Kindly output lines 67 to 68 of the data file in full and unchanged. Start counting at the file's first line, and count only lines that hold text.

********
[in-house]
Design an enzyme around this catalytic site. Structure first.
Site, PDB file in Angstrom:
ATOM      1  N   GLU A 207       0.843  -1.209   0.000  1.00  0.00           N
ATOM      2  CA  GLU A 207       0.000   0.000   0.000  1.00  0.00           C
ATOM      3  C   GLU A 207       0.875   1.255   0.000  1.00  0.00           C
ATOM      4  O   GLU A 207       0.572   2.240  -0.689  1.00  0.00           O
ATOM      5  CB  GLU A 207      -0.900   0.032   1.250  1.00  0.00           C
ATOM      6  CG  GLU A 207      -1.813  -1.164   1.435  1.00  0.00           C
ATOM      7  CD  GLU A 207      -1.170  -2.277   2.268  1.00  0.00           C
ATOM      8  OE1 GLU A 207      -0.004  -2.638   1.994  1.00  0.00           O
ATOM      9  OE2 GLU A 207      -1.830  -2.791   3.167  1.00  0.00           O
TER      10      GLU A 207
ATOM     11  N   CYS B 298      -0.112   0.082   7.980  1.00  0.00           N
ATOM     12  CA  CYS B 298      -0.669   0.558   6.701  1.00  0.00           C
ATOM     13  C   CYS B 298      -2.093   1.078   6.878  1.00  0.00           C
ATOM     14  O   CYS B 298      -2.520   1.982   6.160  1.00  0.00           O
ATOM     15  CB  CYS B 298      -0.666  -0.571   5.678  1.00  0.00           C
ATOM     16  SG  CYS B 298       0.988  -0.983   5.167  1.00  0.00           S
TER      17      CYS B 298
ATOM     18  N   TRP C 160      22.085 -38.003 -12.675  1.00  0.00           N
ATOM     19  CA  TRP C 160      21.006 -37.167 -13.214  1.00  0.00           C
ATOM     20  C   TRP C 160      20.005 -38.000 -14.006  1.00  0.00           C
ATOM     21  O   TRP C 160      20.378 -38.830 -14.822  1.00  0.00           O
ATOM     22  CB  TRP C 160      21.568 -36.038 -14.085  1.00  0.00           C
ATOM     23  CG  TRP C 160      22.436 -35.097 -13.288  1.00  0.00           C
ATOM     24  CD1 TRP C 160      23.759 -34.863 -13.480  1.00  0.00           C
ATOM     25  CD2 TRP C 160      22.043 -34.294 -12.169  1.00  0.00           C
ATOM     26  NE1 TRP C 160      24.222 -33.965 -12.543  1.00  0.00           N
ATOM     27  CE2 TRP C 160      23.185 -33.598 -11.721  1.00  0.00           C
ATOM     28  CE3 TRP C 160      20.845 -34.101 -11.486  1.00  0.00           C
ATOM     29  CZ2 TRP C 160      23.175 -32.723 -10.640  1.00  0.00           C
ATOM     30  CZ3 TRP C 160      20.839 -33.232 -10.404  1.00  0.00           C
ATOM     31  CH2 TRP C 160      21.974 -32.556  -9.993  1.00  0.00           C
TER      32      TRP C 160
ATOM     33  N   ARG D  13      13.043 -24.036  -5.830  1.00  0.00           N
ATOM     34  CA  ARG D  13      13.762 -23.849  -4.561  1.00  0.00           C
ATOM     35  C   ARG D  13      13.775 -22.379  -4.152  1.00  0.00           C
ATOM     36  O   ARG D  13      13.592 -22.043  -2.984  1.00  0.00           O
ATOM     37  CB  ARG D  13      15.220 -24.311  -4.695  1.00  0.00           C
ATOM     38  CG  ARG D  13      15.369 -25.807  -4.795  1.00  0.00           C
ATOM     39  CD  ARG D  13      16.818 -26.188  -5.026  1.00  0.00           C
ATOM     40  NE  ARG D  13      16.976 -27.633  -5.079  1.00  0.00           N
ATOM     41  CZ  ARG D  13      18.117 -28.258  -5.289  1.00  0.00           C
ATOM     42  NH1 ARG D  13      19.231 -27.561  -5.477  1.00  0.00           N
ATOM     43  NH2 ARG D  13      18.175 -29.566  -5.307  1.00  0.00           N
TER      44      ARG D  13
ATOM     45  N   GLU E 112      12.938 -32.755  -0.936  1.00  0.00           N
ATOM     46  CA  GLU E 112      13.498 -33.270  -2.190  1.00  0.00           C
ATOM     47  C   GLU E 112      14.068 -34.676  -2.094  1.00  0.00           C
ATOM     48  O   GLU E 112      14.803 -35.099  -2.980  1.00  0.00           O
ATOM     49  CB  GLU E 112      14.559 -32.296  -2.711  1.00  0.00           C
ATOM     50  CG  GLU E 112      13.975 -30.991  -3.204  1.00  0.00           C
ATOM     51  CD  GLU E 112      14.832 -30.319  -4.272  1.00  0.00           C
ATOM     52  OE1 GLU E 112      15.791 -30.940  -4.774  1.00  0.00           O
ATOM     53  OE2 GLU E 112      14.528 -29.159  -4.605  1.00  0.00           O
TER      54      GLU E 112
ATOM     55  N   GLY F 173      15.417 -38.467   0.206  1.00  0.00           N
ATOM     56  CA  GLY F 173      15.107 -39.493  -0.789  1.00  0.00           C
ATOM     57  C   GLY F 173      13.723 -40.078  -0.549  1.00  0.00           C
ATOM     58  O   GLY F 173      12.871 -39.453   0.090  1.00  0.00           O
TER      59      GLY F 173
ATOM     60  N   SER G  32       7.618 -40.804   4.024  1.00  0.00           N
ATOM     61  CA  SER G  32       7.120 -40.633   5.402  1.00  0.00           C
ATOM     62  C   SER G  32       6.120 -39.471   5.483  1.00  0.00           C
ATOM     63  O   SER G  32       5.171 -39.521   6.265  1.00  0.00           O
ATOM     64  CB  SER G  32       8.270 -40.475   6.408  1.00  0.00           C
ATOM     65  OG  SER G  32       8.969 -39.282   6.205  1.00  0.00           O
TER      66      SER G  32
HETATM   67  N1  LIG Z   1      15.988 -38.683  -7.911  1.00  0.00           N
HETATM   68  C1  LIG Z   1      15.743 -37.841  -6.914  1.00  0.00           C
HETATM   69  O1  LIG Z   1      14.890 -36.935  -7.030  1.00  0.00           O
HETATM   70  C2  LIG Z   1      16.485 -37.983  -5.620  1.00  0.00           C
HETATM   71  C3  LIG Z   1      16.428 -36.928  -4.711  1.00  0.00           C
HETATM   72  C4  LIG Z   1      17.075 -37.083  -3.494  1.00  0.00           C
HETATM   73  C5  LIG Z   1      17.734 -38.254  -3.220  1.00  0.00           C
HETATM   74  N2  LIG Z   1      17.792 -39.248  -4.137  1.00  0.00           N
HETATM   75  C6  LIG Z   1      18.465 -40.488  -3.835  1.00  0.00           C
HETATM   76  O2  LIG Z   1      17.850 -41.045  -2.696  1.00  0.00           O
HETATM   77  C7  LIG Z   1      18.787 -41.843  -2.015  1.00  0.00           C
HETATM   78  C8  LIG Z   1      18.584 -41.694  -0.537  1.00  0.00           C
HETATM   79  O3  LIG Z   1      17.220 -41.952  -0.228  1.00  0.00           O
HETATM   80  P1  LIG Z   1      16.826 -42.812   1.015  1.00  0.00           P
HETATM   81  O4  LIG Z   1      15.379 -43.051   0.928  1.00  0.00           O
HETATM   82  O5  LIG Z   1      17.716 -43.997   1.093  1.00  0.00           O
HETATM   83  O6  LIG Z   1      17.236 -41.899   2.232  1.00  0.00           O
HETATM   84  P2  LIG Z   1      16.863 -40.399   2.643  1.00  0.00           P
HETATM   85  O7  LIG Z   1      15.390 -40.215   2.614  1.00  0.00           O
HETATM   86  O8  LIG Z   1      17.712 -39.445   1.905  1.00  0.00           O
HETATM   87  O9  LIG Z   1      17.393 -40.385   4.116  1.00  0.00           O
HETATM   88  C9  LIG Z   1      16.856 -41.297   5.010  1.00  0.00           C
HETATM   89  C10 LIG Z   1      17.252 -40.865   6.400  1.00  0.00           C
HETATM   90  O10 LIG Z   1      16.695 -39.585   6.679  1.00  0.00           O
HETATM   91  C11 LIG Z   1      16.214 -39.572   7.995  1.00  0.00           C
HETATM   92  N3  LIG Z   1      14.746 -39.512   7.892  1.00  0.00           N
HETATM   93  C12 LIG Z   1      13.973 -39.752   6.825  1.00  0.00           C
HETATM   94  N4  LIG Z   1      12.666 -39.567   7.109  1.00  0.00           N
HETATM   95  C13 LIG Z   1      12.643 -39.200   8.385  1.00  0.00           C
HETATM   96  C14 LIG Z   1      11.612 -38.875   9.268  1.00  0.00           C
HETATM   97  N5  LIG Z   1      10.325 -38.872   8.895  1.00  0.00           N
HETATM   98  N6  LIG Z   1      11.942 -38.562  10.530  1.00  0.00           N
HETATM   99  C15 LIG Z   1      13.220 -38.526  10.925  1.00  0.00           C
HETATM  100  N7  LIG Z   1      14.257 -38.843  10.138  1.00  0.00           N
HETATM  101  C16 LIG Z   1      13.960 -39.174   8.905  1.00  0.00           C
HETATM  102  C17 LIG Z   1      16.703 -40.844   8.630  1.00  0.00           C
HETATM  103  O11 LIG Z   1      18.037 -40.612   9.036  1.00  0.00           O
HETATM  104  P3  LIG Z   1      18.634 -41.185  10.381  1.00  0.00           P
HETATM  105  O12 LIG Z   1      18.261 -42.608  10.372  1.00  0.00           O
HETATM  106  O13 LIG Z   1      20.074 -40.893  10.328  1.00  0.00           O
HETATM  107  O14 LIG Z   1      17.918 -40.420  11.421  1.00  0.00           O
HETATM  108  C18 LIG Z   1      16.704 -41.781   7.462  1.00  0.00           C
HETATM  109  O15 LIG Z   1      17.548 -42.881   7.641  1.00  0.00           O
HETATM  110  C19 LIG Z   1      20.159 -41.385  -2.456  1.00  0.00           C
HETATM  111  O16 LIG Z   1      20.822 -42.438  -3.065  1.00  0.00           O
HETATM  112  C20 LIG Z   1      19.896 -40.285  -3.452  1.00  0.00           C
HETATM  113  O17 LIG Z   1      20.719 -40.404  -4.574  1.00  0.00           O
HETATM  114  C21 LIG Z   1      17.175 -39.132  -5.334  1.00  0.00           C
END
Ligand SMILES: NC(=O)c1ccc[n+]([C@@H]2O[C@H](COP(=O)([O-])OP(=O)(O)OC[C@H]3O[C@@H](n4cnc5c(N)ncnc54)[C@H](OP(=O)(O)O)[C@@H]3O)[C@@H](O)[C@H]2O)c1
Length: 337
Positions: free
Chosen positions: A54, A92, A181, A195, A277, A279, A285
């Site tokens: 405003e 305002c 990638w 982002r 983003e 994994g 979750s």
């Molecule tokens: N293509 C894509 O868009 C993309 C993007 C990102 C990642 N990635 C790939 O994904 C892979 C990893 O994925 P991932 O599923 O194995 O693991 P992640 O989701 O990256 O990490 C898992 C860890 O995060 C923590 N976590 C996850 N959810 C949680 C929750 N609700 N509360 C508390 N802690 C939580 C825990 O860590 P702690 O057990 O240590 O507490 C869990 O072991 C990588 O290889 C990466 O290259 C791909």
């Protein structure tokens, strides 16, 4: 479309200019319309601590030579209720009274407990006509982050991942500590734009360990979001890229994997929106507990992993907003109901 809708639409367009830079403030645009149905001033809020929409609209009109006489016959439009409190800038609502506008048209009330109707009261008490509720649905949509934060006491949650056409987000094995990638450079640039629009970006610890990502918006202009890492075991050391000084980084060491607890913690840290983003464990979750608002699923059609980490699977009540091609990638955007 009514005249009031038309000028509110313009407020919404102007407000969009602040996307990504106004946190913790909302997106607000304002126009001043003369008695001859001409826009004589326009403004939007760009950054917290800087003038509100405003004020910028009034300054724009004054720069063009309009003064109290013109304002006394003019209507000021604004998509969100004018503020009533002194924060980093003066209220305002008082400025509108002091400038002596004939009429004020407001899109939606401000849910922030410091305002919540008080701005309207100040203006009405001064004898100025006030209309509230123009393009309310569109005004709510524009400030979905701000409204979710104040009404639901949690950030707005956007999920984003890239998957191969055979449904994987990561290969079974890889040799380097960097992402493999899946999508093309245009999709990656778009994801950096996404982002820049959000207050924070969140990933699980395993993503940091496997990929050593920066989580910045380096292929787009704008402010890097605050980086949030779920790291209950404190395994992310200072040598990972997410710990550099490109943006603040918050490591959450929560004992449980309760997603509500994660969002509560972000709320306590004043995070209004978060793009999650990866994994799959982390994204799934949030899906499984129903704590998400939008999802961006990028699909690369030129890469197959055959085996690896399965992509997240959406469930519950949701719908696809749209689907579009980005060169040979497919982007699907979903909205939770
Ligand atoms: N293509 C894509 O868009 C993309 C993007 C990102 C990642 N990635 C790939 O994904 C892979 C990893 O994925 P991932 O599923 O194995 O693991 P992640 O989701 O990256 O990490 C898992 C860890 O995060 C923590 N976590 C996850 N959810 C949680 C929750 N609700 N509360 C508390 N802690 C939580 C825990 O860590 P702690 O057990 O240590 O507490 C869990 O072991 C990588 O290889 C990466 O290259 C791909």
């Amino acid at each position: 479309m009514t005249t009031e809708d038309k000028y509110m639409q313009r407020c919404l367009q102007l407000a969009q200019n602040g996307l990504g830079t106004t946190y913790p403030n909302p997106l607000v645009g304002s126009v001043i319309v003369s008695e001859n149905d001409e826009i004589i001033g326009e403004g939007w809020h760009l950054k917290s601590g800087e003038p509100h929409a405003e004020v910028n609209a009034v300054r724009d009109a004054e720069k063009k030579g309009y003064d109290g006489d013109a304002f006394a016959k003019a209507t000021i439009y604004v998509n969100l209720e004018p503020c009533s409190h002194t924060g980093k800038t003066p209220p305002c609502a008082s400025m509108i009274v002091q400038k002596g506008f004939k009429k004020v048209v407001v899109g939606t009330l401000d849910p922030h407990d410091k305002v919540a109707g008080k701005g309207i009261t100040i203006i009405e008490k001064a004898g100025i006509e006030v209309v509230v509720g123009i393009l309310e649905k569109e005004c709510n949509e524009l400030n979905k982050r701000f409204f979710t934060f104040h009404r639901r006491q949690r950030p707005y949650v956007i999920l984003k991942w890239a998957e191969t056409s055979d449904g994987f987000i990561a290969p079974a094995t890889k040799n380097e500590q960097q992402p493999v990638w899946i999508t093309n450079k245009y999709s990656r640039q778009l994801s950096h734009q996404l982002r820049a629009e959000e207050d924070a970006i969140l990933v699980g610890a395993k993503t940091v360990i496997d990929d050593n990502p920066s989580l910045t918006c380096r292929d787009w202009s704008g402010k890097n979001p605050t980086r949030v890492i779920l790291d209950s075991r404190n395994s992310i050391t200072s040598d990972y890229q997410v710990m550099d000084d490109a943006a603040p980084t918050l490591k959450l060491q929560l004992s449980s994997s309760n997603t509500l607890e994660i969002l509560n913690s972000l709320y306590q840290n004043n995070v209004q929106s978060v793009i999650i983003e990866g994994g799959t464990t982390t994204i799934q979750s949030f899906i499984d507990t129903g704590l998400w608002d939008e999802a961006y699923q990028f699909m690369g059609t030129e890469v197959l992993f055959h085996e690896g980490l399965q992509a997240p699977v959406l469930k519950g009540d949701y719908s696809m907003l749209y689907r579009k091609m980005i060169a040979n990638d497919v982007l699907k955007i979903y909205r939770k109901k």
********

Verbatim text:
ATOM     64  CB  SER G  32       8.270 -40.475   6.408  1.00  0.00           C
ATOM     65  OG  SER G  32       8.969 -39.282   6.205  1.00  0.00           O